Catholics and the Moral Majority


November 1, 1982

THE MORAL MAJORITY campaigned vigorously during the 1980 elections for conservative candidates and conservative positions on social issues, rousing vehement denunciations from some and outraged protest from politicians it helped defeat. (“They did a very thorough job of beating my brains out with Christian love,” moaned ex-congressman John Buchanan.) This past September Senator Robert Packwood read aloud from a 400-page book on abortion as he and other liberal senators filibustered to prevent a vote on an anti-abortion bill sponsored by Jesse Helms inside the Senate and by the Moral Majority among the public.

Moral Maiority, the subject of much editorial debate, is seen by most of the American public and media as a fundamentalist, evangelical Protestant movement. Its chief organizer and most visible leader, Jerry Falwell, is a Baptist minister. Yet Moral Majority claims widespread Catholic adherence. In 1980 it supported a number of Catholic candidate id lor the past two years it has concentrated most of its efforts on fighting abortion, an issue important to many Catholics.

Scholars and journalists who have examined Moral Majority agree on the key role played in its formation and operation by Paul Weyrich, a long-time political consultant conservative groups and causes. Weyrich himself was born and raised a Roman Catholic, leaving to join the Eastern Rite Catholic Church when Vatican II liberalized the liturgy. Weyrich urged on Falwell a policy he called “reverse ecumenism,” suggesting that Falwell organize Moral Majority as an ecumenical movement for conservative Catholics, Mormons and Orthodox Jews, as well as Protestants. If blue-collar Catholics were mobilized around abortion and other issues, said Weyrich, they could be “the Achilles heel of the liberal Democrats.”

Most journalists and scholars believe that Moral Majority played an important, perhaps decisive, role in four senatorial elections in 1980. In three of those four races, it backed Catholic candidates. In Alaska, a state described as coming closer than any in the country to having no organized parties at all, Moral Majority and other evangelical groups literally took over the Republican slate convention and nominated Catholic Frank Murkowski for the United States Senate. In Oklahoma, hardly a Catholic stronghold, Catholic Don Nickles “riding a wave of support from the Moral Majority, rose from the backbenches of the Oklahoma legislature almost overnight to become the youngest member of the 97th Congress.” (So reported the respected Congressional Quarterly Weekly Review.) Alabama’s Jeremiah Denton, a Catholic, a former navy admiral and a genuine American hero for his bravery as a Vietnamese prisoner-of war, won support from Moral Majority in his successful Senate run.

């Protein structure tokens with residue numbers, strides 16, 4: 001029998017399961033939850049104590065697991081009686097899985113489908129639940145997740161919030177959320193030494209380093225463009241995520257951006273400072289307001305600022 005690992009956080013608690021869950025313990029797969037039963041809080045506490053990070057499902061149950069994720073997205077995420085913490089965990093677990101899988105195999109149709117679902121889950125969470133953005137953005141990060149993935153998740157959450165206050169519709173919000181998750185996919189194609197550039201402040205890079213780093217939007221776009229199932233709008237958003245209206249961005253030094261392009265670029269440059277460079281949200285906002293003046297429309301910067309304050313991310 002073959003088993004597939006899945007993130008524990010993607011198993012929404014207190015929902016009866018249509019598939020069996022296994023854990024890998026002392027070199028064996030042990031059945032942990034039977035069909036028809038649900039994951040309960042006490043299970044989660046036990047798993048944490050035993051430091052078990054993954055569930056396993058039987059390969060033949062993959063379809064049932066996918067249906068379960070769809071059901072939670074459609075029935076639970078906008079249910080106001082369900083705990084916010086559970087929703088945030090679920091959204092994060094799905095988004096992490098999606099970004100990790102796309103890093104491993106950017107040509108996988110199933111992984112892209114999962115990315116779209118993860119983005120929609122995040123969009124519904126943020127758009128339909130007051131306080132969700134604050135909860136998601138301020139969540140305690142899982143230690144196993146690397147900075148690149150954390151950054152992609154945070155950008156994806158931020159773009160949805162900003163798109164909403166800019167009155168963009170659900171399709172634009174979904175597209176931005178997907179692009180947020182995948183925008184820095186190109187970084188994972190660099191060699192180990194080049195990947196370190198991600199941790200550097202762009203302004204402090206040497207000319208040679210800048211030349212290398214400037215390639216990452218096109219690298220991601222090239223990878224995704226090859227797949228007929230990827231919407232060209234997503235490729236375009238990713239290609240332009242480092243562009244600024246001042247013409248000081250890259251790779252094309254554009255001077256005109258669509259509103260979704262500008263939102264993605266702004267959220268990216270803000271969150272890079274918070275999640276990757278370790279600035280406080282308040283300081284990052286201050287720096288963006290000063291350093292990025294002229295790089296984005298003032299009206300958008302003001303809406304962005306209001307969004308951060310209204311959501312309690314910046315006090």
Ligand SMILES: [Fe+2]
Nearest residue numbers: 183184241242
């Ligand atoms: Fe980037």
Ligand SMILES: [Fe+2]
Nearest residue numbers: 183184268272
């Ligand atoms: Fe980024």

In a number of other races, anti-abortion organizations, many with strong Catholic leadership, joined with evangelical Protestants, including Moral Majority members, to elect conservative, “family-issue-oriented” candidates. This was true, for example, in the successful campaigns against George McGovern in South Dakota and John Culver in Iowa. By mid-campaign 1980 Jerry Falwell was claiming a constituency for his Moral Majority organization of “50 million Protestant evangelicals, 30 million morally conservative Catholics, plus a few million Momions and Orthodox Jews.” No strong data backed the claims. In spite of these membership claims, Moral Majority support for Catholic candidates and the undoubted fact of alliances between anti-abortion forces and Moral Majority, Catholic participation in or support for Moral Majority seems not to run very wide or deep.